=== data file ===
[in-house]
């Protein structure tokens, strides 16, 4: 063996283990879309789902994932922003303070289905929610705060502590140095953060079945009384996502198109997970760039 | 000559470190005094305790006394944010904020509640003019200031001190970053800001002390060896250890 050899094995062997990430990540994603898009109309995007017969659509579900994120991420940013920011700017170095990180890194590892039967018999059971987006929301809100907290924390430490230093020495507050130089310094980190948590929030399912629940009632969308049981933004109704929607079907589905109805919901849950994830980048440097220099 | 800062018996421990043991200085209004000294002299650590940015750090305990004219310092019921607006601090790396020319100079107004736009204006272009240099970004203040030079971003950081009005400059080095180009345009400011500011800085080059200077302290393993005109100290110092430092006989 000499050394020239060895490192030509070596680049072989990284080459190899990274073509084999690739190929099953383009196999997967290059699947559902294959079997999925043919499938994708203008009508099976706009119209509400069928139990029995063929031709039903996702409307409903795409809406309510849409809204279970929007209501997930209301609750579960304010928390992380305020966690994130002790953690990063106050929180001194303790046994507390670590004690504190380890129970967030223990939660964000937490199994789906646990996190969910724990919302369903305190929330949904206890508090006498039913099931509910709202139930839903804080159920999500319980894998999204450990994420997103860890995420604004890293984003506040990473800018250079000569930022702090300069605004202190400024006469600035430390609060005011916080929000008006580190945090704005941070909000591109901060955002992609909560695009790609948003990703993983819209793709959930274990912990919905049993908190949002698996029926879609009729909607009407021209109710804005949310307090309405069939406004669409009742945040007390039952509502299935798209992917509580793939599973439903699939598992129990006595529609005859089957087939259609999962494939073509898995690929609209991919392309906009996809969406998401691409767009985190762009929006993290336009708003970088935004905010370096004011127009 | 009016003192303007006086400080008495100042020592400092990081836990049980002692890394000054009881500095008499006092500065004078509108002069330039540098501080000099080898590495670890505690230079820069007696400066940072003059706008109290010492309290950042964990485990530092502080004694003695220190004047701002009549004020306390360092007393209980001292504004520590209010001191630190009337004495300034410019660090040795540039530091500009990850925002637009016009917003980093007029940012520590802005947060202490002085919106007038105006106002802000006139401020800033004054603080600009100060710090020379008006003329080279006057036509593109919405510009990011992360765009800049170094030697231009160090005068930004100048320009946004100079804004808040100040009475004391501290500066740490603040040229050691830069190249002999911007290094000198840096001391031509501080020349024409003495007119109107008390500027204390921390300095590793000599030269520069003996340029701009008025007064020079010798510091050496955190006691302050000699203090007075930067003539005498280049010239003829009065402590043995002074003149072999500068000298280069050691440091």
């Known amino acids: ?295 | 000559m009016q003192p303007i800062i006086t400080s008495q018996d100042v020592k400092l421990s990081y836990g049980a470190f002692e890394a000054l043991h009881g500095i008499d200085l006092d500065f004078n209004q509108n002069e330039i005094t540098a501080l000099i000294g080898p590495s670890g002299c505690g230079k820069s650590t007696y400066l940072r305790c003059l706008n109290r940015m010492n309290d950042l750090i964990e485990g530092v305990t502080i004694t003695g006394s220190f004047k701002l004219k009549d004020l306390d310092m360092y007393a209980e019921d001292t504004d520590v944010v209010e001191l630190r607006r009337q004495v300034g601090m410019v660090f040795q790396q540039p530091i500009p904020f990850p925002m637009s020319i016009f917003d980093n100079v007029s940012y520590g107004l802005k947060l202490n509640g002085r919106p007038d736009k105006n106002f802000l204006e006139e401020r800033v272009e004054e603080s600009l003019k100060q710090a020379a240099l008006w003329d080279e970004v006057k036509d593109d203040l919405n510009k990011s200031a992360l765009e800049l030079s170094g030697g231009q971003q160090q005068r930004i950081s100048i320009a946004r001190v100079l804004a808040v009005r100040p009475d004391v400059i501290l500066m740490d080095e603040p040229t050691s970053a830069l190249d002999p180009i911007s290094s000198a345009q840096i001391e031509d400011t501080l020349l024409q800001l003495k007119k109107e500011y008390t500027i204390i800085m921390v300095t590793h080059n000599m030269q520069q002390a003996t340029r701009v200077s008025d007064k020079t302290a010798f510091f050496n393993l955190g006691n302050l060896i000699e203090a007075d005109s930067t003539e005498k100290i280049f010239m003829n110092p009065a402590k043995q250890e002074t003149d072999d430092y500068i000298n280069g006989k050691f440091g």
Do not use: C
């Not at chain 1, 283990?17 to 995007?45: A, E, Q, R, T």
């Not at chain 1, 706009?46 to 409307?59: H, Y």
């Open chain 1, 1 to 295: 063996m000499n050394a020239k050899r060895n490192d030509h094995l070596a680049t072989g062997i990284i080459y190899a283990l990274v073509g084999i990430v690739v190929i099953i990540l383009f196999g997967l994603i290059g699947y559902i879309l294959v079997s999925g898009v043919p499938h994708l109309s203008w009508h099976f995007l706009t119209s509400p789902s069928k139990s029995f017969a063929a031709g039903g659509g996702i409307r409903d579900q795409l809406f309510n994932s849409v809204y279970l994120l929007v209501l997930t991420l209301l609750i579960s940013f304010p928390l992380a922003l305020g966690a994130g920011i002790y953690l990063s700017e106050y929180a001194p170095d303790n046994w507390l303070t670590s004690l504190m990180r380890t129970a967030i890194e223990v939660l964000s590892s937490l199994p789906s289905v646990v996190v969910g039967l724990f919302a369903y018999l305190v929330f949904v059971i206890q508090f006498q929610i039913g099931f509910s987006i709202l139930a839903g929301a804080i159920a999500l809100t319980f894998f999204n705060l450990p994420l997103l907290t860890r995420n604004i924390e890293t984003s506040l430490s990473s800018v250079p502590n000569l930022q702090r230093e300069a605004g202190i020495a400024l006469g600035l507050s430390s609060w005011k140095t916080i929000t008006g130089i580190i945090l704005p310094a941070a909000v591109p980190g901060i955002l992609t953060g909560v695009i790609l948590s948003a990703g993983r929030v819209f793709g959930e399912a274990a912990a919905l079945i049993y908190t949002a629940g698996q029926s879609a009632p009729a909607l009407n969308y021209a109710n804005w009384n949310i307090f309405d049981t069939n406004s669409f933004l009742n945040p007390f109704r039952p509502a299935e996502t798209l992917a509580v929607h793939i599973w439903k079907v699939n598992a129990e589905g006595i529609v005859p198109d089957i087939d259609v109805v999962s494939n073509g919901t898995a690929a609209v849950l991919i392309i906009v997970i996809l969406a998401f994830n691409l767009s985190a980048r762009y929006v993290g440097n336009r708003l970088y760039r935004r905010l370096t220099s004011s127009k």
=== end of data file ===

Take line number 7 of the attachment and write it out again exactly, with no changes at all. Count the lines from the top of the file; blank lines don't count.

């Open chain 1, 1 to 295: 063996m000499n050394a020239k050899r060895n490192d030509h094995l070596a680049t072989g062997i990284i080459y190899a283990l990274v073509g084999i990430v690739v190929i099953i990540l383009f196999g997967l994603i290059g699947y559902i879309l294959v079997s999925g898009v043919p499938h994708l109309s203008w009508h099976f995007l706009t119209s509400p789902s069928k139990s029995f017969a063929a031709g039903g659509g996702i409307r409903d579900q795409l809406f309510n994932s849409v809204y279970l994120l929007v209501l997930t991420l209301l609750i579960s940013f304010p928390l992380a922003l305020g966690a994130g920011i002790y953690l990063s700017e106050y929180a001194p170095d303790n046994w507390l303070t670590s004690l504190m990180r380890t129970a967030i890194e223990v939660l964000s590892s937490l199994p789906s289905v646990v996190v969910g039967l724990f919302a369903y018999l305190v929330f949904v059971i206890q508090f006498q929610i039913g099931f509910s987006i709202l139930a839903g929301a804080i159920a999500l809100t319980f894998f999204n705060l450990p994420l997103l907290t860890r995420n604004i924390e890293t984003s506040l430490s990473s800018v250079p502590n000569l930022q702090r230093e300069a605004g202190i020495a400024l006469g600035l507050s430390s609060w005011k140095t916080i929000t008006g130089i580190i945090l704005p310094a941070a909000v591109p980190g901060i955002l992609t953060g909560v695009i790609l948590s948003a990703g993983r929030v819209f793709g959930e399912a274990a912990a919905l079945i049993y908190t949002a629940g698996q029926s879609a009632p009729a909607l009407n969308y021209a109710n804005w009384n949310i307090f309405d049981t069939n406004s669409f933004l009742n945040p007390f109704r039952p509502a299935e996502t798209l992917a509580v929607h793939i599973w439903k079907v699939n598992a129990e589905g006595i529609v005859p198109d089957i087939d259609v109805v999962s494939n073509g919901t898995a690929a609209v849950l991919i392309i906009v997970i996809l969406a998401f994830n691409l767009s985190a980048r762009y929006v993290g440097n336009r708003l970088y760039r935004r905010l370096t220099s004011s127009k």